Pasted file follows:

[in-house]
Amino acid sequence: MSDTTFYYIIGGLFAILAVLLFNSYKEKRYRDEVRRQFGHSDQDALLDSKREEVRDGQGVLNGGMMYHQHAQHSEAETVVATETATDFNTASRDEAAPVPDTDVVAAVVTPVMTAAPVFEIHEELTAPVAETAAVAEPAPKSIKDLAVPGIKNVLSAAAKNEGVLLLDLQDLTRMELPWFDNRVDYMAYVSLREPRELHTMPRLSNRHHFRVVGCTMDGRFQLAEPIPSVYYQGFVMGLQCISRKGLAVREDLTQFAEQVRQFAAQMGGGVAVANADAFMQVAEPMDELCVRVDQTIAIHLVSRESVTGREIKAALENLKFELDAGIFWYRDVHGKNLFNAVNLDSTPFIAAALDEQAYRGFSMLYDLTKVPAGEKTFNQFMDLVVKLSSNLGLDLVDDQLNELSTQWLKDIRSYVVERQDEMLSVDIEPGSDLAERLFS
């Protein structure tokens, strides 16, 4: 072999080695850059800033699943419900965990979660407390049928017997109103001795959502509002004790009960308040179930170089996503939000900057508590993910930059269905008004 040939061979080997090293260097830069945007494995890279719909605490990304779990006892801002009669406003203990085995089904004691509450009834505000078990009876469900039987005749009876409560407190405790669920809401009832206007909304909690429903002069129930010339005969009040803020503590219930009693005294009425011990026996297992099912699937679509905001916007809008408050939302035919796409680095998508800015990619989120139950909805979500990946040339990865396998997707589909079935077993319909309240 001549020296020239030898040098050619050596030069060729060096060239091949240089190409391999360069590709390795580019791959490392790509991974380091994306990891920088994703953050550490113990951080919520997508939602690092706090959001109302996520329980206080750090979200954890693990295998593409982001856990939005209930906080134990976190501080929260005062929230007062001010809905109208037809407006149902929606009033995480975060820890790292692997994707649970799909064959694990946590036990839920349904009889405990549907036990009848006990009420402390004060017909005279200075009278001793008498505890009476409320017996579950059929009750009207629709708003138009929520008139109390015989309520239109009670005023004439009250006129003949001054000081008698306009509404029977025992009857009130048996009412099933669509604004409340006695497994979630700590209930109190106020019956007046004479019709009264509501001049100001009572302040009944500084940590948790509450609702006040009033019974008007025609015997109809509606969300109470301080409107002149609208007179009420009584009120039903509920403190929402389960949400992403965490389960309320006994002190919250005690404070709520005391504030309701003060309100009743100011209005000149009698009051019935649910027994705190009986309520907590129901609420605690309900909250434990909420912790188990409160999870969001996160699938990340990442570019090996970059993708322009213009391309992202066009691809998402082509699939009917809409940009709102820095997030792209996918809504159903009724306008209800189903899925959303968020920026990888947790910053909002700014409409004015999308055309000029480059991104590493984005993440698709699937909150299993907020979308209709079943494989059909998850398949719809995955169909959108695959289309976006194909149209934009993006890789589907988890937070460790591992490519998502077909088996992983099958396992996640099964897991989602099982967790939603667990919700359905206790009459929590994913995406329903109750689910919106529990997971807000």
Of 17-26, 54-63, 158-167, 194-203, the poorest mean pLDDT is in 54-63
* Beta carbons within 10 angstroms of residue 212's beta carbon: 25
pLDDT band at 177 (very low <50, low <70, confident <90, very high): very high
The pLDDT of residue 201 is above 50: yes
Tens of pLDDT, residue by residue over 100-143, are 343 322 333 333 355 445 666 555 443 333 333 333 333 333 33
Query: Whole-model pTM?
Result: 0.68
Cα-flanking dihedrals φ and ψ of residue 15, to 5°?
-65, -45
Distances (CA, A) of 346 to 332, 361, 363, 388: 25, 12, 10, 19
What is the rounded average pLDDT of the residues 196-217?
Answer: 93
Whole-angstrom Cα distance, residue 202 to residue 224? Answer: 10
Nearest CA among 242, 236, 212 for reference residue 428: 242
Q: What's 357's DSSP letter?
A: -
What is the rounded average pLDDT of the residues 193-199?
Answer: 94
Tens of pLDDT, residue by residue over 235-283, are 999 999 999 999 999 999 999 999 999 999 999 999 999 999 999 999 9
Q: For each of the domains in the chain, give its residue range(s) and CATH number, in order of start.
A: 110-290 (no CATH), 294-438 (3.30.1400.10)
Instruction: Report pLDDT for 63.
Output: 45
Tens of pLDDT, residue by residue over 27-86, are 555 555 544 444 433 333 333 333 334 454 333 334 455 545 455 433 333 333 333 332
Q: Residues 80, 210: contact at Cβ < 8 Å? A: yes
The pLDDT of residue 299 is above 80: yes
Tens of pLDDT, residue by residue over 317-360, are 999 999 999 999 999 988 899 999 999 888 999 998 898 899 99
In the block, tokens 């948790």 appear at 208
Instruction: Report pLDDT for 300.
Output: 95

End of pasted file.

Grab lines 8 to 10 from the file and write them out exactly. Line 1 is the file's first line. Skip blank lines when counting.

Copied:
Tens of pLDDT, residue by residue over 100-143, are 343 322 333 333 355 445 666 555 443 333 333 333 333 333 33
Query: Whole-model pTM?
Result: 0.68